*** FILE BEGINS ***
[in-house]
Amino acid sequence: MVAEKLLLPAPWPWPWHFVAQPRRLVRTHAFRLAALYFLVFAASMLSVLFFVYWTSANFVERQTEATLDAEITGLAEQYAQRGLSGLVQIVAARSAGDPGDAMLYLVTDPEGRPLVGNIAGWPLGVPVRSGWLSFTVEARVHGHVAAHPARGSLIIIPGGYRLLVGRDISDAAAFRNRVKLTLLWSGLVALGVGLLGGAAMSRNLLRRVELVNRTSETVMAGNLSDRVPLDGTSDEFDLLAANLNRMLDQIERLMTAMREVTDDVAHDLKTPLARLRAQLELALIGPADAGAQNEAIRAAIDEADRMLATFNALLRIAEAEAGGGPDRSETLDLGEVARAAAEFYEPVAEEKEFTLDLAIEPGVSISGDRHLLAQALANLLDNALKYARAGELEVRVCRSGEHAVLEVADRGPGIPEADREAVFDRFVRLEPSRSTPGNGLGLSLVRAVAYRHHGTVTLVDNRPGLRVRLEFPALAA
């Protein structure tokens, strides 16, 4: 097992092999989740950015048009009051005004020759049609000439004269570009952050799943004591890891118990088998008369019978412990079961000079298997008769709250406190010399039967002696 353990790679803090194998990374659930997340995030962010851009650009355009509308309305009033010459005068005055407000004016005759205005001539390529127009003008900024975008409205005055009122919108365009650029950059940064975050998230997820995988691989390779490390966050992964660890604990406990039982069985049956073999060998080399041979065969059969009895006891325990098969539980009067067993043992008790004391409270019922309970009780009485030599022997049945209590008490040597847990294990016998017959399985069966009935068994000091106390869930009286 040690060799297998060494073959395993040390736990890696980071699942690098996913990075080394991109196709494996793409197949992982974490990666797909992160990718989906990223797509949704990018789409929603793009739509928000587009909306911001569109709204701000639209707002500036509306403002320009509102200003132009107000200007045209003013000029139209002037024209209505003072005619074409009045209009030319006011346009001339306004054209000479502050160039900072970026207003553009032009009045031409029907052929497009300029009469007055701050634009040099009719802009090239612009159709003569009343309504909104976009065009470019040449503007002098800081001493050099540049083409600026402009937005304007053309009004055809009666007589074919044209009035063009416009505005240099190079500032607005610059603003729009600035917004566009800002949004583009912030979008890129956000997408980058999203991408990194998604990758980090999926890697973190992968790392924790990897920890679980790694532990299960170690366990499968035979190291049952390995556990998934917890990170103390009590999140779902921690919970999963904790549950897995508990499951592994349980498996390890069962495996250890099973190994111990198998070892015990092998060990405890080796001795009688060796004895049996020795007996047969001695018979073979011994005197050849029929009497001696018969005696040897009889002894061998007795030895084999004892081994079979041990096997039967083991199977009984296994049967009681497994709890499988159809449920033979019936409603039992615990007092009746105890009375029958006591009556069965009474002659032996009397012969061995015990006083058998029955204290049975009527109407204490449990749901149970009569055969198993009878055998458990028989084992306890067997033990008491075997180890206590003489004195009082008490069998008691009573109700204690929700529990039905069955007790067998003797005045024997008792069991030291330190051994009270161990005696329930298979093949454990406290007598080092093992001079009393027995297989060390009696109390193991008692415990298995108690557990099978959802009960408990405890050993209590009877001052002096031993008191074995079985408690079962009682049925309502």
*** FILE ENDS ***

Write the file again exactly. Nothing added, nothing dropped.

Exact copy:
[in-house]
Amino acid sequence: MVAEKLLLPAPWPWPWHFVAQPRRLVRTHAFRLAALYFLVFAASMLSVLFFVYWTSANFVERQTEATLDAEITGLAEQYAQRGLSGLVQIVAARSAGDPGDAMLYLVTDPEGRPLVGNIAGWPLGVPVRSGWLSFTVEARVHGHVAAHPARGSLIIIPGGYRLLVGRDISDAAAFRNRVKLTLLWSGLVALGVGLLGGAAMSRNLLRRVELVNRTSETVMAGNLSDRVPLDGTSDEFDLLAANLNRMLDQIERLMTAMREVTDDVAHDLKTPLARLRAQLELALIGPADAGAQNEAIRAAIDEADRMLATFNALLRIAEAEAGGGPDRSETLDLGEVARAAAEFYEPVAEEKEFTLDLAIEPGVSISGDRHLLAQALANLLDNALKYARAGELEVRVCRSGEHAVLEVADRGPGIPEADREAVFDRFVRLEPSRSTPGNGLGLSLVRAVAYRHHGTVTLVDNRPGLRVRLEFPALAA
């Protein structure tokens, strides 16, 4: 097992092999989740950015048009009051005004020759049609000439004269570009952050799943004591890891118990088998008369019978412990079961000079298997008769709250406190010399039967002696 353990790679803090194998990374659930997340995030962010851009650009355009509308309305009033010459005068005055407000004016005759205005001539390529127009003008900024975008409205005055009122919108365009650029950059940064975050998230997820995988691989390779490390966050992964660890604990406990039982069985049956073999060998080399041979065969059969009895006891325990098969539980009067067993043992008790004391409270019922309970009780009485030599022997049945209590008490040597847990294990016998017959399985069966009935068994000091106390869930009286 040690060799297998060494073959395993040390736990890696980071699942690098996913990075080394991109196709494996793409197949992982974490990666797909992160990718989906990223797509949704990018789409929603793009739509928000587009909306911001569109709204701000639209707002500036509306403002320009509102200003132009107000200007045209003013000029139209002037024209209505003072005619074409009045209009030319006011346009001339306004054209000479502050160039900072970026207003553009032009009045031409029907052929497009300029009469007055701050634009040099009719802009090239612009159709003569009343309504909104976009065009470019040449503007002098800081001493050099540049083409600026402009937005304007053309009004055809009666007589074919044209009035063009416009505005240099190079500032607005610059603003729009600035917004566009800002949004583009912030979008890129956000997408980058999203991408990194998604990758980090999926890697973190992968790392924790990897920890679980790694532990299960170690366990499968035979190291049952390995556990998934917890990170103390009590999140779902921690919970999963904790549950897995508990499951592994349980498996390890069962495996250890099973190994111990198998070892015990092998060990405890080796001795009688060796004895049996020795007996047969001695018979073979011994005197050849029929009497001696018969005696040897009889002894061998007795030895084999004892081994079979041990096997039967083991199977009984296994049967009681497994709890499988159809449920033979019936409603039992615990007092009746105890009375029958006591009556069965009474002659032996009397012969061995015990006083058998029955204290049975009527109407204490449990749901149970009569055969198993009878055998458990028989084992306890067997033990008491075997180890206590003489004195009082008490069998008691009573109700204690929700529990039905069955007790067998003797005045024997008792069991030291330190051994009270161990005696329930298979093949454990406290007598080092093992001079009393027995297989060390009696109390193991008692415990298995108690557990099978959802009960408990405890050993209590009877001052002096031993008191074995079985408690079962009682049925309502």